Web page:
Ruby-Spears? Bunnicula mini-movie isn?t that much worse than the typical misguided book adaptations that clogged Saturday mornings in the early 1980s, before toy commercials and celebrity vanity projects took over. No, Bunnicula?s crime is being a banal treatment of a decidedly clever children?s book. James and Deborah Howe?s Bunnicula series is among the few simplified kids? novels that lose little when re-read by adults but the cartoon treatment changes too much and compensates with too little.
Gone is the simple premise of a vampire bunny innocently welcomed by an unsuspecting suburban family. Instead, the story?s mutated by a subplot about the family?s scientist father (a college professor in the book) facing the closure of his local plant due to mysterious accidents. Worse yet are the main characters: the gentle narrator dog is merely forgettable here, but the cat sleuth Chester, who was a manic, self-centered, conspiracy-minded antihero in the book, is now a limply written hybrid of Sylvester and Daffy Duck. Oh, and it turns out that Bunnicula, whose vampirism was halfway plausible in print form, can now grow bat-wings and move evil, accident-causing wolves (another cartoon adulteration) around with his mind. Like most mediocre animated versions of novels, the best this could?ve done is to convince someone to pick up the book. Yet after watching this, why would you?
2) The Faithful Wookie
The Faithful Wookie is often remembered as the best thing about the Star Wars Holiday Special, in the same way that a headache is the best thing about crippling diarrhea. Introduced as some weird metafictional TV show watched by Chewbacca?s hideous son, Lumpy, the ten-minute segment should have been a delightful blend of two things kids loved: Star Wars and cartoons.
Instead, it was a jarring foray through some bizarre late-?70s Candy Land version of the first Star Wars film. Luke, C-3PO and R2-D2 set out to rescue Han and Chewie from a planet apparently made of viscous gelatin, and they get some help from the mysterious Boba Fett, who, in his debut role, utters more lines than he does in the rest of the Star Wars films combined. For that, fans cut The Faithful Wookie a little slack, but it?s hard to like the short?s off-putting animation style, in which Nelvana mixes rigid Star Wars designs with the fluid, grotesque movement the studio used in The Devil and Daniel Mouse. All while Harrison Ford mumbles his way to a paycheck and the Y-Wing bomber gets some much-needed product placement. No wonder all the kids wanted the X-Wing that Christmas.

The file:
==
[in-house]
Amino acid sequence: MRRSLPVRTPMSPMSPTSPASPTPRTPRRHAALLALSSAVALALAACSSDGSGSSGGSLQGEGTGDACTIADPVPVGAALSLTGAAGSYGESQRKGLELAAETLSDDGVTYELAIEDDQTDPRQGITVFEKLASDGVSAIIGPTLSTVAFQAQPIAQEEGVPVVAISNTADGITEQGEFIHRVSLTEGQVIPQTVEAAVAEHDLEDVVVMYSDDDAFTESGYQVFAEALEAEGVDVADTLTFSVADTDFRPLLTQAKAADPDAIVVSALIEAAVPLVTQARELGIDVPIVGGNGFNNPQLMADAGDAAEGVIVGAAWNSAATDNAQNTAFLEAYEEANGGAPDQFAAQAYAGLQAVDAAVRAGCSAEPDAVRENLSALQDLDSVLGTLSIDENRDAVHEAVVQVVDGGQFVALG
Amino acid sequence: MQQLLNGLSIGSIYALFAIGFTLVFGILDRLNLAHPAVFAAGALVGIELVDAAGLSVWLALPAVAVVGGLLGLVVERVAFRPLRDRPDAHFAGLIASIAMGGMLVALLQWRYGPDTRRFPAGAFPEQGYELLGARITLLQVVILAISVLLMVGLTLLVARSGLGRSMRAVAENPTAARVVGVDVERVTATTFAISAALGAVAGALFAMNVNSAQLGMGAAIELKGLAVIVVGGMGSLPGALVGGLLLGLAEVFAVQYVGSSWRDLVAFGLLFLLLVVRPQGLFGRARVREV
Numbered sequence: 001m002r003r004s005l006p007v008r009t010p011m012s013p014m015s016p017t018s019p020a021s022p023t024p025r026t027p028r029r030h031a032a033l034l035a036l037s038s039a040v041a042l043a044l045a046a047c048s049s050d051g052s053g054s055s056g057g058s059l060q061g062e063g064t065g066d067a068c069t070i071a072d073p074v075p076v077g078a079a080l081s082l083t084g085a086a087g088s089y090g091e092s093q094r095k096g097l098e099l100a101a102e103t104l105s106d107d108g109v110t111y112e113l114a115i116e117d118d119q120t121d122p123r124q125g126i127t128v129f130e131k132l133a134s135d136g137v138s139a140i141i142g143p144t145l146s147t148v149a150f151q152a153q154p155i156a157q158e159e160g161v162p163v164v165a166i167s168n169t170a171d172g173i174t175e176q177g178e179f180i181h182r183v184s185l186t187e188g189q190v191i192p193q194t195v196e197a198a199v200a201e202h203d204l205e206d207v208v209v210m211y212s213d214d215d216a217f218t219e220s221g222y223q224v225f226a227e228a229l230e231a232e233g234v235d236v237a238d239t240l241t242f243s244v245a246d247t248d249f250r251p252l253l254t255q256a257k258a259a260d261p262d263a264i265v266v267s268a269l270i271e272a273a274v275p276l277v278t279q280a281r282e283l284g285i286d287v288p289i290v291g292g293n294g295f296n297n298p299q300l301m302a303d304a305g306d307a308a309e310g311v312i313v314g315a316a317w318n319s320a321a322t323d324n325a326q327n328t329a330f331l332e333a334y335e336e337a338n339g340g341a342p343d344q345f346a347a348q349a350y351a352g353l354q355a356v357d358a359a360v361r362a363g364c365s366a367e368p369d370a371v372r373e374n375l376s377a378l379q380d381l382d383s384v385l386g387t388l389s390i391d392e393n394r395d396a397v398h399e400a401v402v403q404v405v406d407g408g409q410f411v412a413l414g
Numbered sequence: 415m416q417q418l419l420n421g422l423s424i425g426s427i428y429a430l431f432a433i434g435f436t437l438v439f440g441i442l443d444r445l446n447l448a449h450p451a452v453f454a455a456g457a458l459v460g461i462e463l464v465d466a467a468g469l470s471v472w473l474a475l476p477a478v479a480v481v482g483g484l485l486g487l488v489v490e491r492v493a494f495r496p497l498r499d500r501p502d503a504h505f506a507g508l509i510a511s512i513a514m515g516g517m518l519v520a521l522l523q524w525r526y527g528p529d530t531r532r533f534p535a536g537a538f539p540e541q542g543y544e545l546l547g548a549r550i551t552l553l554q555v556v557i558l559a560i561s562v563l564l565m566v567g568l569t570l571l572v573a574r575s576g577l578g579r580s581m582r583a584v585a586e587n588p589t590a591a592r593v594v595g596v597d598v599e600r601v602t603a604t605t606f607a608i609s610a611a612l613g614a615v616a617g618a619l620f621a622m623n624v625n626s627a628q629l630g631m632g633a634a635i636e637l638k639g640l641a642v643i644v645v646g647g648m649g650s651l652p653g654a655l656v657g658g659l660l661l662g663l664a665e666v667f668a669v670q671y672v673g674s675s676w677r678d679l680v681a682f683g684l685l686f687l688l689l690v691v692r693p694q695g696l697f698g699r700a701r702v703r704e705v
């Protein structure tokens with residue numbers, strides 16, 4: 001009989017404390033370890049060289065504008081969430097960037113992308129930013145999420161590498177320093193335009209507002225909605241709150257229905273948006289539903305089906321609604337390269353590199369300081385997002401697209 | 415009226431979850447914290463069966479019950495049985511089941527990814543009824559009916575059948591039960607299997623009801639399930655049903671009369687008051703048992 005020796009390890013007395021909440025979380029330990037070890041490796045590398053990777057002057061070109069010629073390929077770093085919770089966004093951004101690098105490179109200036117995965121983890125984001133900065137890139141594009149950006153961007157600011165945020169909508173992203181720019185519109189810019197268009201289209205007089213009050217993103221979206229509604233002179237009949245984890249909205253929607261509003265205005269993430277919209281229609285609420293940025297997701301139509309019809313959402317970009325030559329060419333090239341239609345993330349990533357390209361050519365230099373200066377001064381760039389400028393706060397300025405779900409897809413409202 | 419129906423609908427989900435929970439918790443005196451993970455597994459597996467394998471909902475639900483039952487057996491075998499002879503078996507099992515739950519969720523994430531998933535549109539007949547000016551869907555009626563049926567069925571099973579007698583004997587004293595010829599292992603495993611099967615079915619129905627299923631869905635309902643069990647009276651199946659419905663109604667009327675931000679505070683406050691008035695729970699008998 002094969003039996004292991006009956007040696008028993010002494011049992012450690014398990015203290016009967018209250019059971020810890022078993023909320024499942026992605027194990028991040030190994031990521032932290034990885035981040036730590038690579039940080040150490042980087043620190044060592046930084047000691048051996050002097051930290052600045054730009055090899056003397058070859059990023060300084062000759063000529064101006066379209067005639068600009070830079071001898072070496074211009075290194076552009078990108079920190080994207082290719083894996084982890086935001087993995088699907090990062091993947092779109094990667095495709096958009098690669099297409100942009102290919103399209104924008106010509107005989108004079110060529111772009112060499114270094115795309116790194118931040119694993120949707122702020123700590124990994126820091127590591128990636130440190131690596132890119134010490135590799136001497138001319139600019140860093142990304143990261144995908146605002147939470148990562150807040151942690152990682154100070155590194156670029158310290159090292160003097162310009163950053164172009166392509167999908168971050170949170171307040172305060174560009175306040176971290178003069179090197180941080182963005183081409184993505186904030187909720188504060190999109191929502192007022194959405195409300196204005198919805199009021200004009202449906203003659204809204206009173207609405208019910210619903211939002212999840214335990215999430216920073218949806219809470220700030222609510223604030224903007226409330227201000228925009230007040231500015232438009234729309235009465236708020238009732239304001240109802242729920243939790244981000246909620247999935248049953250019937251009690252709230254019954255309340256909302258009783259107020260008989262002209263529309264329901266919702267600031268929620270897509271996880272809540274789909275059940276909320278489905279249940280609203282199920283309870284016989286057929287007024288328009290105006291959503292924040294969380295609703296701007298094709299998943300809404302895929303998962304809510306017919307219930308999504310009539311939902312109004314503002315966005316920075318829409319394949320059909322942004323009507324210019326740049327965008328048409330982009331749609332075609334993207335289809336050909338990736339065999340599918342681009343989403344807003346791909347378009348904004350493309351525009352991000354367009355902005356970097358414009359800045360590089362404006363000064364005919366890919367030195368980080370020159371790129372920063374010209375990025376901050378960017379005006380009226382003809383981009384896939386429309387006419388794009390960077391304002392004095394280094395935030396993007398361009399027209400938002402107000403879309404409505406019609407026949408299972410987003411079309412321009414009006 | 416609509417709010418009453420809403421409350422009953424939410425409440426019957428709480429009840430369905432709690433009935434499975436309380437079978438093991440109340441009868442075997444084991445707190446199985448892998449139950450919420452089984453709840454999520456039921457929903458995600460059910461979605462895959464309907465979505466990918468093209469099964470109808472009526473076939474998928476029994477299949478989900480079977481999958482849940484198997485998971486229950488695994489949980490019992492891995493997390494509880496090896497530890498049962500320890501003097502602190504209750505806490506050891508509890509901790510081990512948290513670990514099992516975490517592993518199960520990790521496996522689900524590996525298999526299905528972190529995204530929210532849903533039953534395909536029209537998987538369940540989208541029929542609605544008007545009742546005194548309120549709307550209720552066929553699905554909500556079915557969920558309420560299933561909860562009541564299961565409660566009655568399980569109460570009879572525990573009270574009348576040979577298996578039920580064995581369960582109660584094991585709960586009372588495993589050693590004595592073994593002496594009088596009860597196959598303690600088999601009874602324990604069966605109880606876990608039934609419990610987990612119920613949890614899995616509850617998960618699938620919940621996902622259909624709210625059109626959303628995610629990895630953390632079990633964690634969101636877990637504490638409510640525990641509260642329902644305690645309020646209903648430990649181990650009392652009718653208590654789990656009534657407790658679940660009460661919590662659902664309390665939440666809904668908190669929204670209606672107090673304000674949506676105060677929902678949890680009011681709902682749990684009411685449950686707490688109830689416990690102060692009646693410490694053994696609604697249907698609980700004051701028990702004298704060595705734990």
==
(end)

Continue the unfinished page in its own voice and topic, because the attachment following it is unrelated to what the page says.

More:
This is all your fault, Sonic the Hedgehog.
In this case, we?re not talking about the ongoing DeviantArt degradation of Sonic himself, but rather the explosion of ultra-hip, brainlessly irreverent mascot characters that have shown up in videogames since Sonic?s 1991 debut. Most of these hangers-on didn?t get cartoons. You won?t see any half-hour specials based on Radical Rex, Rocky Rodent, Awesome Possum, or Mohawk and Headphone Jack. You might, however, have seen the first and only Bubsy cartoon briefly on the air and in the PC version of Super Bubsy.
Man, check out Bubsy! He?s so smooth he kicks his breakfast dishes into the sink! He?s also a smart-aleck equipped with the new and exciting catchphrase ?What could possibly go wrong?? which we?re sure to see on t-shirts everywhere by the end of 1993! Or maybe they?ll just make shirts with big exclamation points on them! Anyway, Bubsy sets some record for being instantly loathsome. Even the Battletoads cartoon took a minute or two to fully repulse us, but Bubsy goes straight for the jugular of all that is appealing. And if that?s not enough, he has a niece and a nephew, who are just as insufferable as he is, and a neurotic armadillo sidekick who?s perpetually abused by everyone.
We hate Bubsy, and we even suspect that the people who make this alsohated Bubsy. There?s no better explanation for the obnoxious, mistimed sense of humor that permeates every scrap of Bubsy?s dialogue. Someone despised Bubsy and wanted him to fail. It took a few more terrible games before he did so, but this cartoon ended his shot at Saturday morning stardom.
Robert Bricken is one of the original co-founders of the site formerly known as Topless Robot, and its first editor-in-chief, serving from 2008-12. He brought the site to prominence with “nerd news, humor and self-loathing” as its motto, raising it from total internet obscurity to a readership in the millions, with help from his savage “FAQ” movie reviews and Fan Fiction Fridays. Under his tenure Topless Robot was covered by Gawker, Wired, Defamer, New York magazine, ABC News, and others, and his articles have been praised by Roger Ebert, Avengers actor Clark Gregg, comedian and The Daily Show correspondent John Hodgman, the stars of Mystery Science Theater 3000 and Rifftrax, and others. He is currently the managing editor of io9.com. Despite decades as both an amateur and professional nerd, he continues to be completely unprepared for either the zombie apocalypse or the robot uprising.